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  1. #1
    Join Date
    Dec. 6, 2003
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    Default Mourning a horse during a big life change?

    I lost my horse two years and eleven months ago, and while of course there are occasional really bad days, they were not too common. However, ever since a big life change (going to college) I have been missing him desperately pretty much every day. While I am used to having pictures of him around at home, I could not display his picture in my dorm room because it upset me too much. The occasional bad day I used to have is now almost every day, and it has only been since I moved away to school. I find myself tearing up for him frequently, whereas before it was only once every couple months.

    Has anyone else experienced this during a life change? Any advice?
    <><



  2. #2
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    Oct. 7, 2006
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    I am really sorry for your loss.

    What happened to me was that "losing" the horse was what made the big life change in my case. Blaze didn't die, but he did get moved far away when our barn closed. That utterly and completely disrupted my life. Suddenly I lost the horse I loved, and rode 2-3 times a week, and took care of. I went from spending every weekend at the barn (and occasional weekdays) to having no barn to go to. And besides losing Blaze, I lost half my human friends, because they moved to other barns with their horses and now spend weekends at the barn (so we don't get together). That left a huge void in my life.

    I am guessing that in your case, being away from home (for the first time?), going to college, having all the stress (good and bad) of that, starting a whole new complex educational system, are all exacerbating the situation, putting your emotions very close to the surface, so that it doesn't take much to move you to tears. You may be missing not just your horse but a lot of other loved ones as well. I am truly sorry.

    When I went to college, going from a big city to a small town and a college that had agricultural and animal sciences courses right there on campus, I found a horse to ride about a quarter of a mile from my dorm. I met her owner, and he let one of the other freshmen and me ride her, so I rode her at least twice a week, on all the trails and in the fields that belonged to the school. While I was able to ride that horse, I was really happy and loved college.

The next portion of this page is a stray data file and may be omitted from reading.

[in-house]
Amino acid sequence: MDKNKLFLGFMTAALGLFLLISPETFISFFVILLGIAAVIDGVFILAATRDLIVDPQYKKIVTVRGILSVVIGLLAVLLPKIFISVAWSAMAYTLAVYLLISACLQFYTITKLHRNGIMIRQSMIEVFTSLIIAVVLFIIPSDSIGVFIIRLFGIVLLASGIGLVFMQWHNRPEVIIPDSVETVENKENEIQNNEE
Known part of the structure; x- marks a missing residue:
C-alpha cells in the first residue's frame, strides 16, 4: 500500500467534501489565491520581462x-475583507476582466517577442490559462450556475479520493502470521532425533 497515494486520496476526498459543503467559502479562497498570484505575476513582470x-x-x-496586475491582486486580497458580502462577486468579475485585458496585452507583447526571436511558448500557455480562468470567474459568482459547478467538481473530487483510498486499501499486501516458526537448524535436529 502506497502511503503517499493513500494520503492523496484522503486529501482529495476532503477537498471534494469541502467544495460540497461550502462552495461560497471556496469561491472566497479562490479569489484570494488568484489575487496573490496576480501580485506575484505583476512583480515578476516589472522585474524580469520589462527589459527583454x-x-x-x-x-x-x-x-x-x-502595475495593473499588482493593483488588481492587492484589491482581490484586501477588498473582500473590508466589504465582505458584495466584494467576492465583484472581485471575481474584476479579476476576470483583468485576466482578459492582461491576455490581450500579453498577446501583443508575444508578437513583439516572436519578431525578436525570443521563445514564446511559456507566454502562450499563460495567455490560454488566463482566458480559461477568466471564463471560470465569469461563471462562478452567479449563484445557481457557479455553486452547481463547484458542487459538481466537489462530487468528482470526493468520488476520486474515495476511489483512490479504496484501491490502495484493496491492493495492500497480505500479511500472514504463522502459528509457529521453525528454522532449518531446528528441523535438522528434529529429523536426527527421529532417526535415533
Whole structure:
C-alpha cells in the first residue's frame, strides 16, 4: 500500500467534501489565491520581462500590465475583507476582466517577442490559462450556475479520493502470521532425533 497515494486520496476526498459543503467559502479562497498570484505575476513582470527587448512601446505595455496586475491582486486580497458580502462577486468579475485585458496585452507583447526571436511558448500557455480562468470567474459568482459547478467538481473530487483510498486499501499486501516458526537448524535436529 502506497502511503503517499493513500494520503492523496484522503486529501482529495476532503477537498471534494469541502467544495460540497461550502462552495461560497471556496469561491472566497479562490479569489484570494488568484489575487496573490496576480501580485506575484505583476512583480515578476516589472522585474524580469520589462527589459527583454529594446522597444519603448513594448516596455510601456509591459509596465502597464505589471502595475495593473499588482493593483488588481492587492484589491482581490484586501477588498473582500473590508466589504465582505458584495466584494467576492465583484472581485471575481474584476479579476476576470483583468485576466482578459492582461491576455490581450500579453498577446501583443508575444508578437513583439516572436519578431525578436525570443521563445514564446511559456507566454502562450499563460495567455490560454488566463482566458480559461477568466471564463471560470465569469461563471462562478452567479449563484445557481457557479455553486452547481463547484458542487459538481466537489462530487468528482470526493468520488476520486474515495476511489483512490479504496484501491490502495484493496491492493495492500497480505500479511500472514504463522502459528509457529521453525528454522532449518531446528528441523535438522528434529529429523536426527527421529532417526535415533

I hope something similar will happen for you to bring joy and new friends (including equine ones) into your life.



  3. #3
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    Apr. 10, 2006
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    Oh RTR I can certainly understand how you are feeling. My heart goes out to you.

    I lost my first horse while away at college, and it took me forever to get over it. I often missed him most when things got hard.... because he had been my solace as a teen/child and I missed having that security.

    It was only in the last year or so that I'd finally found some peace, and let his memory rest a bit... and that opened the door for another special horse to come into my life. He too passed away, far too soon, but I had him through some months that involved a lot of life changes.

    Now that he is gone I miss him terribly, like my first horse he had been a steady, reliable, kind creature and I miss having that presence in my life.

    I'm still grieving myself and not sure what to do next. I know after I lost my first horse, I "adopted" some of the senior horses at the barn that had absentee owners... grooming, giving them treats, making sure they were blanketed, trimmed, wormed, etc. It helped.

    Can't offer a whole lot of advice, but a ton of empathy. Hugs to you my friend.
    We couldn't all be cowboys, so some of us are clowns.



  4. #4
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    Sep. 17, 2003
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    Fort Myers, Florida
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    "I am guessing that in your case, being away from home (for the first time?), going to college, having all the stress (good and bad) of that, starting a whole new complex educational system, are all exacerbating the situation, putting your emotions very close to the surface, so that it doesn't take much to move you to tears. You may be missing not just your horse but a lot of other loves ones as well. I am truly sorry."